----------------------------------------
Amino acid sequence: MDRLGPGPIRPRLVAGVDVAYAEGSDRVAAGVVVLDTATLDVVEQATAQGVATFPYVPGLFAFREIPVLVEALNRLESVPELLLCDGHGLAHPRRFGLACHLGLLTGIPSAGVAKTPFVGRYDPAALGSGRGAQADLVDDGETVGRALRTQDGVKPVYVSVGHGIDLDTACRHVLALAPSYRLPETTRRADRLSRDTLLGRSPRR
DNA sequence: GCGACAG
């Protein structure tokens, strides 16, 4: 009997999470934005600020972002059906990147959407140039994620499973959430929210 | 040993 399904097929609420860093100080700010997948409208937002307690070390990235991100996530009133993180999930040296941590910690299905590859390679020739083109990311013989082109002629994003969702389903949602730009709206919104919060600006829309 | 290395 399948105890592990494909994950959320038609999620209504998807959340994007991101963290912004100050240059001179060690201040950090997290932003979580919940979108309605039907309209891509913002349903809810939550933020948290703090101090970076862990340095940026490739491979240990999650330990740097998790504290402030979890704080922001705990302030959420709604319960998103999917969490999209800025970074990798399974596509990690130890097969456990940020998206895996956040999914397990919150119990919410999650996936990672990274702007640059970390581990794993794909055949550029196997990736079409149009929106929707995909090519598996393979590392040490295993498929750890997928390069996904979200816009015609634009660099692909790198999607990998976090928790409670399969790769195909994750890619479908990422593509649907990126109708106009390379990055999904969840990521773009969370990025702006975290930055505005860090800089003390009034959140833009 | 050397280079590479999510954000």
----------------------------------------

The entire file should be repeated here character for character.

Amino acid sequence: MDRLGPGPIRPRLVAGVDVAYAEGSDRVAAGVVVLDTATLDVVEQATAQGVATFPYVPGLFAFREIPVLVEALNRLESVPELLLCDGHGLAHPRRFGLACHLGLLTGIPSAGVAKTPFVGRYDPAALGSGRGAQADLVDDGETVGRALRTQDGVKPVYVSVGHGIDLDTACRHVLALAPSYRLPETTRRADRLSRDTLLGRSPRR
DNA sequence: GCGACAG
């Protein structure tokens, strides 16, 4: 009997999470934005600020972002059906990147959407140039994620499973959430929210 | 040993 399904097929609420860093100080700010997948409208937002307690070390990235991100996530009133993180999930040296941590910690299905590859390679020739083109990311013989082109002629994003969702389903949602730009709206919104919060600006829309 | 290395 399948105890592990494909994950959320038609999620209504998807959340994007991101963290912004100050240059001179060690201040950090997290932003979580919940979108309605039907309209891509913002349903809810939550933020948290703090101090970076862990340095940026490739491979240990999650330990740097998790504290402030979890704080922001705990302030959420709604319960998103999917969490999209800025970074990798399974596509990690130890097969456990940020998206895996956040999914397990919150119990919410999650996936990672990274702007640059970390581990794993794909055949550029196997990736079409149009929106929707995909090519598996393979590392040490295993498929750890997928390069996904979200816009015609634009660099692909790198999607990998976090928790409670399969790769195909994750890619479908990422593509649907990126109708106009390379990055999904969840990521773009969370990025702006975290930055505005860090800089003390009034959140833009 | 050397280079590479999510954000």